If you just can't wait for warmer weather to start gardening again, fear not. Indoor gardening is a good way to save money and get a head start on your summer garden. We asked a longtime gardening expert for her best tips.
It's still chilly outside, and some of us continue to face the threat of winter storms. But spring is almost here, and now is the perfect time to plant seeds and start growing your garden indoors.
Indoor gardening is more than just a great hobby to pass the last few chilly weeks before summer. By starting plants inside, you can get a jump on the summer growing season—and be the first one in town with fresh veggies and blooming flowers when the hot weather arrives.
Home and garden centers sell plenty of seeds. But Melinda Myers, a Milwaukee–based gardener and author of more than 20 horticulture books, says you'll get a wider selection of plants with .
"Some lesser known or less popular plants, or newer varieties, aren't available yet in stores, so you have to start with seeds," she says. And with seeds, you can get what you want. Myers says gardeners should take advantage of online or mail order by buying something unique rather than buying easy-to-find radishes or roses that every home center carries.
Seeds are less expensive than plants, so you'll save money, but the package may contain more seeds than you need. In that case, Myers says, save some for next year. Or, plant them all and swap seedlings with friends when it's time to transplant them outdoors.
When you grow seeds indoors, any number of items can make good containers. Empty yogurt cups are the perfect size—about 2 inches square by 2 to 3 inches deep. Myers also likes to loosely wrap newspaper around a 2½-inch-thick dowel, press the lower ends of the paper together to create a bottom, then remove the rod and fill the newspaper cup with potting mix. This makes transplanting easy because the entire paper container is biodegradable, so it can be placed in the garden. "It's a way to recycle and reuse," she explains. Just be sure to use a container that lets excess water drain out. If roots sit in excess water, they rot. So cut holes in containers if they don't already have them.
Reusing containers that you bought flowers in last year also works great, but clean them first to kill any bacteria or disease that can harm seedlings. Mix one part bleach with nine parts water, and dip the container into the solution. Then dunk or rinse the container with water. "This disinfects for diseases, so you're starting with something clean," Myers says.
Myers also likes , which, as the name suggests, are containers made from composted cow manure. Like newspaper containers, they can go in the outdoor garden when it's time to transplant.
Pick a convenient spot in the house for the garden. When the seeds are first planted, heat is more important than light. Myers says you can start the seeds in a warm location that doesn't have to be lit. But once the seedlings break through the soil, they need light.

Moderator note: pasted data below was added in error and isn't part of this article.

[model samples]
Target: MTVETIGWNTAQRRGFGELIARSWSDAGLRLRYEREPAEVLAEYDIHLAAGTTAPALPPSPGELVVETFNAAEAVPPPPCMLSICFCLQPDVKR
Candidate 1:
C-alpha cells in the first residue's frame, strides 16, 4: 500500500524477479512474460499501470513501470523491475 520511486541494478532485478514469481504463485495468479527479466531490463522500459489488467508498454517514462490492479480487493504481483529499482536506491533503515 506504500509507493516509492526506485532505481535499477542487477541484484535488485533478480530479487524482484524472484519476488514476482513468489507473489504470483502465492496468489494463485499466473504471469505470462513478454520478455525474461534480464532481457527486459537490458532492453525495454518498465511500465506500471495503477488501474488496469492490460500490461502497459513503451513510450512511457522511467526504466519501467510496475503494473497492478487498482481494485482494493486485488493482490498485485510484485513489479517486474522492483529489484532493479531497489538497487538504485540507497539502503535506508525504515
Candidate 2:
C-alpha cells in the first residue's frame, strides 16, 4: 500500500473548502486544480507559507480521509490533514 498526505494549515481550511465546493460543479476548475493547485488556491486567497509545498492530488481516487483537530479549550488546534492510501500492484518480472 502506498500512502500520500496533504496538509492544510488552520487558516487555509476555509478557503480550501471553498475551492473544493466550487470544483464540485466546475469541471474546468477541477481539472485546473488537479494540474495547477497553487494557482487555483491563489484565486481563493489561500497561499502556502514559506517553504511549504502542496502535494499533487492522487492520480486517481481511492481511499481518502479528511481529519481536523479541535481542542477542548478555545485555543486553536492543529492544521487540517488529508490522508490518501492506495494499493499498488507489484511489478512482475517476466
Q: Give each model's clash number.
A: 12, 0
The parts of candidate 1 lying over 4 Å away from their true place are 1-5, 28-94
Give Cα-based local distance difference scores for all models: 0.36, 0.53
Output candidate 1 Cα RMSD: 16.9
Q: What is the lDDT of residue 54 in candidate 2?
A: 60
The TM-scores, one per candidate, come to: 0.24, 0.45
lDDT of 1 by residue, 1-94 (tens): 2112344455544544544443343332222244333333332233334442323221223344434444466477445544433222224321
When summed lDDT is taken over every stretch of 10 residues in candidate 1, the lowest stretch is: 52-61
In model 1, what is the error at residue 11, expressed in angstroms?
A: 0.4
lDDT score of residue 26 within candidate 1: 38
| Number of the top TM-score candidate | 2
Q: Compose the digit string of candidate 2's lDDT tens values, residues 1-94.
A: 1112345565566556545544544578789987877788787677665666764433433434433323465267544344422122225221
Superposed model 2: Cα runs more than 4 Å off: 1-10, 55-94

You can start seeds in a basement corner or even in front of a large window that lets in lots of sun for warmth. If the window is drafty, though, pick another spot—seeds and bulbs do best in warm soil. When the seedlings are visible, you can move them to a bright location under artificial lights. Or, better yet, a spot that receives sunlight as well as artificial light.
Preparing the perfect soil is much easier for indoor gardens than their outdoor counterparts because you're dealing with a lot less space. Use a seed-starting or sterile potting mix right out of the bag.
Most seed packages tell you what time of the year to plant them based on your region or the average last spring frost. If you're not sure, ask a local gardener. It is possible to start too soon—if plants grow too large indoors, they get stressed when they're transplanted. But if you start too late, the seedlings don't mature enough indoors.
Likewise, once your plants are growing, don't transplant them outside too early. "We're all anxious to get started, but if you move outside too early and get a frost or the soil is too cold, all of that work you did is lost because the soil isn't warm enough," Myers says.
The trickiest part of indoor gardening is giving the plants the right amount of water, without over-watering. "It's almost impossible to water correctly, so drainage holes in your containers are critical," Myers says, adding that she sometimes uses a mist bottle to water newly planted seeds. "You want enough water to moisten the soil without washing out the seed."
Check the soil moisture daily. "You want the soil about the consistency of a sponge that's been wrung out," she says. Sticking your finger into the soil is a quick way to tell if it's getting enough water. It should be moist all the way through so that roots will go downward. Covering the container with damp newspaper or plastic holds in warmth and moisture, but remove the cover once the plants break through the soil.
Even plants that receive natural sunlight benefit from cool and warm fluorescent lights. "You have the best results if you supplement your natural sunlight with light from a bulb," Myers says. "This gives you a full spectrum of light." She recommends full-spectrum CFLs and LEDs for more energy-efficient artificial lighting.
Place artificial lights 6 inches over the plants. "Either lower the containers as the plants grow, or raise the lights," Myers says. "That's why gardeners often have their lights on chains."
Hardcore gardeners place aluminum foil or whiteboard on the surfaces around containers to reflect light, Myers says. "This lets you maximize the light by reflecting it back toward the seedlings."